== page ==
A Saudi woman in voluntary exile is visited by fellow Saudis. They commence on encouraging her to end her exile, return to Saudi. She considers her options.
Yazan Made of Wonders
I held Yazan's head in my lap. “You masturbated, didn’t you?”
“Maybe I did. Maybe I didn’t.”
“More than once?”
He turned his face away, his burning cheek pressed on my knee.
The next day, I heard his thoughts. I heard his thoughts through his journey back to Saudi, from the hotel to the airport to the check-in line to the waiting lounge to the passengers cabin. I heard his thoughts about, if he could grow strong enough to make his own choices, he would choose Sarah, the woman he has loved for so long.
I heard, later in the evening, when the plane's lights were dimmed and sleep dawned, his thoughts on how he would have fucked me from every hole and position in that coach cabin. I heard his kink and felt pink.
Does it effect on a man watching the woman underneath him churn and hurt in ecstasy? Does it make him feel stronger, bigger and closer to his ideal?
Does a woman feel more woman when she can reach the apex of her womanhood and hold it for so long? What would've been worse, one who comes too easily or one who never comes at all?
And I wondered if this is just another lusty ruse, if I'm just making up excuses to get laid. If this is just another distraction or infatuation taking force.
Saudi has always been more than just a country. It’s home and family and identity. I adore and hate and lust her, my country.
Since I refused to go to Saudi, Saudi sent her messengers to me, Mshari and Yazan. And they did as they were bid. Two horrified, oedipal Saudis sat in my living room and encouraged me, as gently as they could, to go home. “Give it a shot. See how it works. Things have changed.”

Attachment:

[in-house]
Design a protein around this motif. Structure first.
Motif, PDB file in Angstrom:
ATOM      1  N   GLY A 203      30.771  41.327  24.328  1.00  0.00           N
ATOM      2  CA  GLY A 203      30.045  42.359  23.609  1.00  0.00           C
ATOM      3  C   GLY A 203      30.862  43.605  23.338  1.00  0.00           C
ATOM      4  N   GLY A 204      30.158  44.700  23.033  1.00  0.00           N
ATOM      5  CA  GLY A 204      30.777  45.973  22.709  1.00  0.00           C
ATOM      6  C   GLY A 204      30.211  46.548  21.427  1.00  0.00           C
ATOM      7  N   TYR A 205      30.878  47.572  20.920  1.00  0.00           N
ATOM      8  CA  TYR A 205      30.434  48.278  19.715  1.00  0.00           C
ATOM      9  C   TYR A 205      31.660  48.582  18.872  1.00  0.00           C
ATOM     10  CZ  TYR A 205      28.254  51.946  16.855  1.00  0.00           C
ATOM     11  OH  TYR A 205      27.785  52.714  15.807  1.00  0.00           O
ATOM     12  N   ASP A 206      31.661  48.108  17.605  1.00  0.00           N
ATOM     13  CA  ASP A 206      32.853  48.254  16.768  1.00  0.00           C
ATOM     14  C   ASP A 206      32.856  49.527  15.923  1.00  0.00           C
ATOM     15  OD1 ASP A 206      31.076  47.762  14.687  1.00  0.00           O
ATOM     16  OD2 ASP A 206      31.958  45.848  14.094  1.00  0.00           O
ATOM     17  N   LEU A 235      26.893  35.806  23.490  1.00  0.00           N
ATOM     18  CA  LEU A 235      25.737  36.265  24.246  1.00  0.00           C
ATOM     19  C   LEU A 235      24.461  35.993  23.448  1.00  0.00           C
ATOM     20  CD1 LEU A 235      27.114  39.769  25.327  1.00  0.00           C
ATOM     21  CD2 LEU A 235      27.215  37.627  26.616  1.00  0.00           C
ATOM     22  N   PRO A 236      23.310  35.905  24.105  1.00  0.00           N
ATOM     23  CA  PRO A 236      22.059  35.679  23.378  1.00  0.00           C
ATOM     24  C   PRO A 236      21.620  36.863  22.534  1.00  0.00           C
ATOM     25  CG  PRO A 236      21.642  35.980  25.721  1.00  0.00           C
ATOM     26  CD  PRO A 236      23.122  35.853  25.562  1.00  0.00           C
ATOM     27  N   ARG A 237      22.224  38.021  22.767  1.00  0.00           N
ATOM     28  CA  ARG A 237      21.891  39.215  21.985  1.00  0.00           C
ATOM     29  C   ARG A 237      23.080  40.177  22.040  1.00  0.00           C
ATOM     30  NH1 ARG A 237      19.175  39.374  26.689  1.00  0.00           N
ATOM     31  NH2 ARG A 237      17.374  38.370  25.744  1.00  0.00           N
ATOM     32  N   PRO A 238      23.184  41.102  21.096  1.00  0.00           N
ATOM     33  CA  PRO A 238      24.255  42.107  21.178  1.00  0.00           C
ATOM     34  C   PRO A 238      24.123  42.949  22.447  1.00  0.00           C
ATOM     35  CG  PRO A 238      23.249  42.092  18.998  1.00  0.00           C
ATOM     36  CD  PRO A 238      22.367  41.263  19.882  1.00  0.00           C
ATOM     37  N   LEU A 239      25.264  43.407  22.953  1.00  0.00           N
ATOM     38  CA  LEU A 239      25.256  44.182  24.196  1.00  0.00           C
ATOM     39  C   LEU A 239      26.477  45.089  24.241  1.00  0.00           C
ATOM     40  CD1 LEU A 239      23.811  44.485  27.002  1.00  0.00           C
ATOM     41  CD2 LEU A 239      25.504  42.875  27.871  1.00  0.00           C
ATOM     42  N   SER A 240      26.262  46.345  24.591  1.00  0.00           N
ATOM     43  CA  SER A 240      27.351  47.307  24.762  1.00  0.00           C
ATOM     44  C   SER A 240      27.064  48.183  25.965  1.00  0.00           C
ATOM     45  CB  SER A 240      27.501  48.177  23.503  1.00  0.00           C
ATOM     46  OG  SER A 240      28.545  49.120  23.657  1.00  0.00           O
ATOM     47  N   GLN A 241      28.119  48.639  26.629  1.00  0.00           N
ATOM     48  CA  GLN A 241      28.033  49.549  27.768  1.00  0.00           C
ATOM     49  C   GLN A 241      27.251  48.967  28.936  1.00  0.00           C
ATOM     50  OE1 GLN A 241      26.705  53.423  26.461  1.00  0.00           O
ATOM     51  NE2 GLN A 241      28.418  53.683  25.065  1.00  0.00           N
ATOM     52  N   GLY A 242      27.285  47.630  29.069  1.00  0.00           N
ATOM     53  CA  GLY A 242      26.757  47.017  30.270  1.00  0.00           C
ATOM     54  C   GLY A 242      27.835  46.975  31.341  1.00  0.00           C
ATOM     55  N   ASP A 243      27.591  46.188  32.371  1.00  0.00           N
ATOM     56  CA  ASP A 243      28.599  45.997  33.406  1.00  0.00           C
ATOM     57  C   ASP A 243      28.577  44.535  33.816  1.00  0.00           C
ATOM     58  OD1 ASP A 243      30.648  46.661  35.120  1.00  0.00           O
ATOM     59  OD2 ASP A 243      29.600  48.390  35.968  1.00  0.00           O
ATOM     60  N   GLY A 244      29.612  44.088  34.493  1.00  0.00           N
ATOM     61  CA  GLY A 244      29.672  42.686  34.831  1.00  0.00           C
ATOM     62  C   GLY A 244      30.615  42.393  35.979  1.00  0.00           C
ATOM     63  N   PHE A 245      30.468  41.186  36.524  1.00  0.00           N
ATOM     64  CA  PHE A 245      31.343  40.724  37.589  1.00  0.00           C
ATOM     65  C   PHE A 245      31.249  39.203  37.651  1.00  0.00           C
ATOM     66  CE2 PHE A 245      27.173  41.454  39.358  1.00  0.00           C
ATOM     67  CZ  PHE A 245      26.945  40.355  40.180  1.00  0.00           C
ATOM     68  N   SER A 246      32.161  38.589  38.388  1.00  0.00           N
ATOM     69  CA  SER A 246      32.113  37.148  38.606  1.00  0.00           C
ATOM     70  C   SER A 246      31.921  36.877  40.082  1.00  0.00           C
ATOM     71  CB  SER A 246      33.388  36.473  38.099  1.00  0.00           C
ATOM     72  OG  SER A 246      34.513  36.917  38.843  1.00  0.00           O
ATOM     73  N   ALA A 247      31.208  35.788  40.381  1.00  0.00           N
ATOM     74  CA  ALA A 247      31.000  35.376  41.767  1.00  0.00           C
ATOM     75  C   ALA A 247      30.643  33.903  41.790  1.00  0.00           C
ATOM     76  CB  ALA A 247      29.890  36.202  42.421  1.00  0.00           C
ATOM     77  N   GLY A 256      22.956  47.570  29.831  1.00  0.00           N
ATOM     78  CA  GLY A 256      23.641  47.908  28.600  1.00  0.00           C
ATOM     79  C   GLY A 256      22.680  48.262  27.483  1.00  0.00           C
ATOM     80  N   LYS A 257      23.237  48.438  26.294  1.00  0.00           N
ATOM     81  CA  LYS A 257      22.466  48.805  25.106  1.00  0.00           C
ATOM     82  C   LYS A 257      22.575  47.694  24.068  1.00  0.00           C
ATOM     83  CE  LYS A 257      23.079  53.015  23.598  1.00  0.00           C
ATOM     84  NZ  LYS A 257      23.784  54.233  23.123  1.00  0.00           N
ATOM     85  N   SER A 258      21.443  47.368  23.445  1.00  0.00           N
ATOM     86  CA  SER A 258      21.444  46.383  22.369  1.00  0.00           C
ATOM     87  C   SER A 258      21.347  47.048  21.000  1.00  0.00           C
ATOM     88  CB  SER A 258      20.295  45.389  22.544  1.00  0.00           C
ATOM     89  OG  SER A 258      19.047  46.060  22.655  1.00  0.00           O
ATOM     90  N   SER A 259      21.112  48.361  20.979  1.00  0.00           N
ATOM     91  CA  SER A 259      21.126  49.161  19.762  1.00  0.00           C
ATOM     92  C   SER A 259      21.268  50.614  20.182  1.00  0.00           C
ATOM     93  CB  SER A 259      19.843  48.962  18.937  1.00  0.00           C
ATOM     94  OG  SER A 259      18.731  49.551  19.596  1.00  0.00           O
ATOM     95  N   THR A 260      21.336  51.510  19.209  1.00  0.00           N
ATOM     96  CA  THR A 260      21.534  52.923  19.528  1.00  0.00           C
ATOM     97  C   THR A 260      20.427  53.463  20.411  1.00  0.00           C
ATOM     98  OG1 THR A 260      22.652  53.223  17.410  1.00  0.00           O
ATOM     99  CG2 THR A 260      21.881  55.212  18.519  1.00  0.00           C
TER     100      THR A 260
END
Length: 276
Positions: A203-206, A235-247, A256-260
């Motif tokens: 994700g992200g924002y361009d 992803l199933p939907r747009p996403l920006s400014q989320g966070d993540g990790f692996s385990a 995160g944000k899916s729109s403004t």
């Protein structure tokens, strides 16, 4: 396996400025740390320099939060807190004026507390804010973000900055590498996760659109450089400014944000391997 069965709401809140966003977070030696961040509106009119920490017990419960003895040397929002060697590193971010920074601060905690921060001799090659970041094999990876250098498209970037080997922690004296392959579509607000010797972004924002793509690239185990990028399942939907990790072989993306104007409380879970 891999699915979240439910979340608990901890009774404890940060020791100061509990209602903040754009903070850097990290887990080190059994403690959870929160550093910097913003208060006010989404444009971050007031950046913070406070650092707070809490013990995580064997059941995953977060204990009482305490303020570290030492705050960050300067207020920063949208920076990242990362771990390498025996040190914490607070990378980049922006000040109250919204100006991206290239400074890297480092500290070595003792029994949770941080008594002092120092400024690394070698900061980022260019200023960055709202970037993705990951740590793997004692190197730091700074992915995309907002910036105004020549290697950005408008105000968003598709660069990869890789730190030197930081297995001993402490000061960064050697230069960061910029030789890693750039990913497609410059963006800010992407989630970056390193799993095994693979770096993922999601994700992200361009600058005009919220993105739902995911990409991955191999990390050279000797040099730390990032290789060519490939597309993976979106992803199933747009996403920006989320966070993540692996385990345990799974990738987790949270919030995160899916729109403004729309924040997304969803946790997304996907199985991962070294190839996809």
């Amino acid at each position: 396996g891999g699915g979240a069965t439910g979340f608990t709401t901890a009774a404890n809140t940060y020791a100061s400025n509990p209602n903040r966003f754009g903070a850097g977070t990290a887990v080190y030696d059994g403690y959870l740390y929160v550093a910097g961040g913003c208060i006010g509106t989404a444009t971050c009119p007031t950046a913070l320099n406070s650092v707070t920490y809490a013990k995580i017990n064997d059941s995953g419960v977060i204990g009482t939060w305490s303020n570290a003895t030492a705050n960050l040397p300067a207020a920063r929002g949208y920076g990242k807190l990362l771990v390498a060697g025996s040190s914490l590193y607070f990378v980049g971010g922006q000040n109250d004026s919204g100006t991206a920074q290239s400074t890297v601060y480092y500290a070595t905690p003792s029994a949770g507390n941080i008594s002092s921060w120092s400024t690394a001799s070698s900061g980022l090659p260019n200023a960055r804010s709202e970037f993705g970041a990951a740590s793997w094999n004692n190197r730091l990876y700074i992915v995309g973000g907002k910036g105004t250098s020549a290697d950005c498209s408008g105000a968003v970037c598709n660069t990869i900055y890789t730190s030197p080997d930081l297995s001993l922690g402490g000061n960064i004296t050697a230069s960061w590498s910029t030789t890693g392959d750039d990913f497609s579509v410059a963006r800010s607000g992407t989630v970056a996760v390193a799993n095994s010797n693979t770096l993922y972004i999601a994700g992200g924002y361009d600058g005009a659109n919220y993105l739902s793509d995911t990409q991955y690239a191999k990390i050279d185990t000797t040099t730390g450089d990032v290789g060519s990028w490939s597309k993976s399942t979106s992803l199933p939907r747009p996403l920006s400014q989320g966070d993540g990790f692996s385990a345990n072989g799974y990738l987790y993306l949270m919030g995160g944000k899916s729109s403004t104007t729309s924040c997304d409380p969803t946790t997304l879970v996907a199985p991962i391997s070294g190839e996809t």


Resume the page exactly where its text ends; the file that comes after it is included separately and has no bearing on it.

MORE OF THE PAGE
Saudi, without marriage, already drives me mad. Imagine if I were married and deeply lodged in the social system? There is no such thing as a sane Saudi. I won’t even be sane enough to decide on how to spend my evenings with all that noise.
I told them that I am in Indonesia for sanity. The only thing that would send back to Saudi would be a bout of insanity: Falling madly in love.
Obviously, all this is designed to confuse. I needed to count the pros and cons. What do I get out of going to Saudi, and what do I get if I just stay in exile after all?
Pros of Living in Saudi:
1. I can make a lot of money. Own things.
2. Get a job. Write.
3. Get married, get laid, have children.
4. Be with old friends and family.
5. Have every kind of tea and dairy and achar ever known on earth.
6-10. Affirmations: Kunafah. Shawarma. Baklava. Ma’soub. Hummus.
1. "What personal freedom?"
2. A job is only as interesting as it can get.
3. Money can only entertain so far.
4. "What privacy?"
5. If married: In-laws. If single: Mama.
6 - 10. Abstraction: Culture - Commonness - Comments - Context - Calling.
What's Saudi got that is worth the trouble? What's she got to make me move so far and heavy? What's she done for me that Indonesia hasn't?
These questions will answer themselves when the time comes for me to know. Like all of my questions, the questions that I have asked before and groped for answers, I'll know when the time comes. كل شي في وقته منيح.
And the best thing out all this wonderment, is the realization that I have a choice. That makes me fucking cash. I have a choice and the time to weigh my options. I am that rich. I've been blessed.